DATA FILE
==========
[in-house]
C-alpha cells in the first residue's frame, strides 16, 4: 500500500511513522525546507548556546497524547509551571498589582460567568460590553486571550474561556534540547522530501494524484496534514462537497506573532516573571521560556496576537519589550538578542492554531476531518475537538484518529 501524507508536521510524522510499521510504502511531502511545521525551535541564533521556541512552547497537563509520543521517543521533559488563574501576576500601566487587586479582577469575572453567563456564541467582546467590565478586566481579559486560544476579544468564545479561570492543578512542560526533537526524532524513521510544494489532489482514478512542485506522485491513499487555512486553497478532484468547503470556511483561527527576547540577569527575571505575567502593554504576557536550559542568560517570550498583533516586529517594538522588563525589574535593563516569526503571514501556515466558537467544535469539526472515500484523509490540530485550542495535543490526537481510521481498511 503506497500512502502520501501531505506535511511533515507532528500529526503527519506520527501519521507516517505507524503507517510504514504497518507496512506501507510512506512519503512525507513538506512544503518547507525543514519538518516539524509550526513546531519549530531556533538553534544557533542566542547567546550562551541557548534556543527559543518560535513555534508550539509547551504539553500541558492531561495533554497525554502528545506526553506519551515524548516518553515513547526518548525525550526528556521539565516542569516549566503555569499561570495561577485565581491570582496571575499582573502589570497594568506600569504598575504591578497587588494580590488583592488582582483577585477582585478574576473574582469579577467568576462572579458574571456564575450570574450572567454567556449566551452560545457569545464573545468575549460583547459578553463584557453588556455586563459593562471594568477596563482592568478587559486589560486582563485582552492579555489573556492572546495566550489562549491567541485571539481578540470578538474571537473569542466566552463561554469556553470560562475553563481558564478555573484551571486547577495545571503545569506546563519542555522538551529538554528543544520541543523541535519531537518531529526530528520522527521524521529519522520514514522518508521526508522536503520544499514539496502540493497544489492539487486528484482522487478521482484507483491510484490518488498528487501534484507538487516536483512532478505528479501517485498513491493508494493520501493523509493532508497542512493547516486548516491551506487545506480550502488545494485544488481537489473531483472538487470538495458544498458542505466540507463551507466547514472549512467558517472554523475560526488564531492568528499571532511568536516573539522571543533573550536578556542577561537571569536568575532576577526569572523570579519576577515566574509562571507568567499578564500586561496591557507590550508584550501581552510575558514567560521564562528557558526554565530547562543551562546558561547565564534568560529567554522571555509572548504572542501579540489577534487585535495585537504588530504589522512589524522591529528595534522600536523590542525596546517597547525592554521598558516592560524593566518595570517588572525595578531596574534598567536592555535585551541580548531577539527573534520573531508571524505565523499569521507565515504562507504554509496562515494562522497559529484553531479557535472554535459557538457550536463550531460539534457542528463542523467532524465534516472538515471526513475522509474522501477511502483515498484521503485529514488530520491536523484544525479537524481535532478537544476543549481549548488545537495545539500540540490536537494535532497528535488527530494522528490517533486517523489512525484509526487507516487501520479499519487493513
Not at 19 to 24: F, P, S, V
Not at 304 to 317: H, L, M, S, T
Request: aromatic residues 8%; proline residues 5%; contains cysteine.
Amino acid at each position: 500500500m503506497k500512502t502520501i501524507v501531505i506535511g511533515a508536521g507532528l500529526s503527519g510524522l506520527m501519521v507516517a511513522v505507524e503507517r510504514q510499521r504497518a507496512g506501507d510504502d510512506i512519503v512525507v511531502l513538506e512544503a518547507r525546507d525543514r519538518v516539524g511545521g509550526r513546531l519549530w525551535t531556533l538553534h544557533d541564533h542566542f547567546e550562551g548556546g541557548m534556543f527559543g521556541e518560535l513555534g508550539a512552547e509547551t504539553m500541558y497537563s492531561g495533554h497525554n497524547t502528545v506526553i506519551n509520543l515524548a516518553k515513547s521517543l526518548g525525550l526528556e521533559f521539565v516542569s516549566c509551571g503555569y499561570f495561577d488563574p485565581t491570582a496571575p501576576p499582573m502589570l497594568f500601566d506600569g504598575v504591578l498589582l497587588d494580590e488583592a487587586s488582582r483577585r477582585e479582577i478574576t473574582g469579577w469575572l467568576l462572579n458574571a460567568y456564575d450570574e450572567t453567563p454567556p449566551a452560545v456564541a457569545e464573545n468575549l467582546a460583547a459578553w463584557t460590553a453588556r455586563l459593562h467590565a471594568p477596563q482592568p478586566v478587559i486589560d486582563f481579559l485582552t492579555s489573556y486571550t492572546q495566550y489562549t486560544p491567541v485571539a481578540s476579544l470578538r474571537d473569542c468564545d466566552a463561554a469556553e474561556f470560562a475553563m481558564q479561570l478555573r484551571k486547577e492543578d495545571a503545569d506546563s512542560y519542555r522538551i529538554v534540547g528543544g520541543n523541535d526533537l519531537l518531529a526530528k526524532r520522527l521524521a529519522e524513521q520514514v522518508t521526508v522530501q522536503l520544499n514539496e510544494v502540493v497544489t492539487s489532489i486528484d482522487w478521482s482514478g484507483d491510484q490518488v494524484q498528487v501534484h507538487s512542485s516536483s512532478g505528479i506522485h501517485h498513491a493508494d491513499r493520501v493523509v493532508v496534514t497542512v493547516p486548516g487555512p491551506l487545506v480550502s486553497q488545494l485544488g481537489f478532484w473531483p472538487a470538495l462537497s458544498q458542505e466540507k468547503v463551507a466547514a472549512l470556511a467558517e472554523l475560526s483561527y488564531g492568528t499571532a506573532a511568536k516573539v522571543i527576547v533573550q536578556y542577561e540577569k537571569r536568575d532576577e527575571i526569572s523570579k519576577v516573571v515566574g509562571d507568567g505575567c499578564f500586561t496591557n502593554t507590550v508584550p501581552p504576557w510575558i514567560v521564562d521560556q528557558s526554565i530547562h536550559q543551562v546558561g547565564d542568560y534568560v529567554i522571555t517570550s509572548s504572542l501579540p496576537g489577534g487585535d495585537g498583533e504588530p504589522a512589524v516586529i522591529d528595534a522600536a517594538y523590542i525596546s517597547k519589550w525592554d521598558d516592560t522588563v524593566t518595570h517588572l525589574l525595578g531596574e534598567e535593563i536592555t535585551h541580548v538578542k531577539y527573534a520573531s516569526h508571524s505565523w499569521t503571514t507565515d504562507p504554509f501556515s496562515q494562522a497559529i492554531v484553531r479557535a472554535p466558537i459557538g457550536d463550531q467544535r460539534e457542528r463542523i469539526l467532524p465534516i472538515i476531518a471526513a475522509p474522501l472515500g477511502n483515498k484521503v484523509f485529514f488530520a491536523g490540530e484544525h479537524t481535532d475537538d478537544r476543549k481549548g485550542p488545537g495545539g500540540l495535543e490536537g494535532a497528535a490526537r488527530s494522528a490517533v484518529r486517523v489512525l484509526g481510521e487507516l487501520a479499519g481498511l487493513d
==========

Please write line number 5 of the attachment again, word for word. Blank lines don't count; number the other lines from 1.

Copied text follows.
Request: aromatic residues 8%; proline residues 5%; contains cysteine.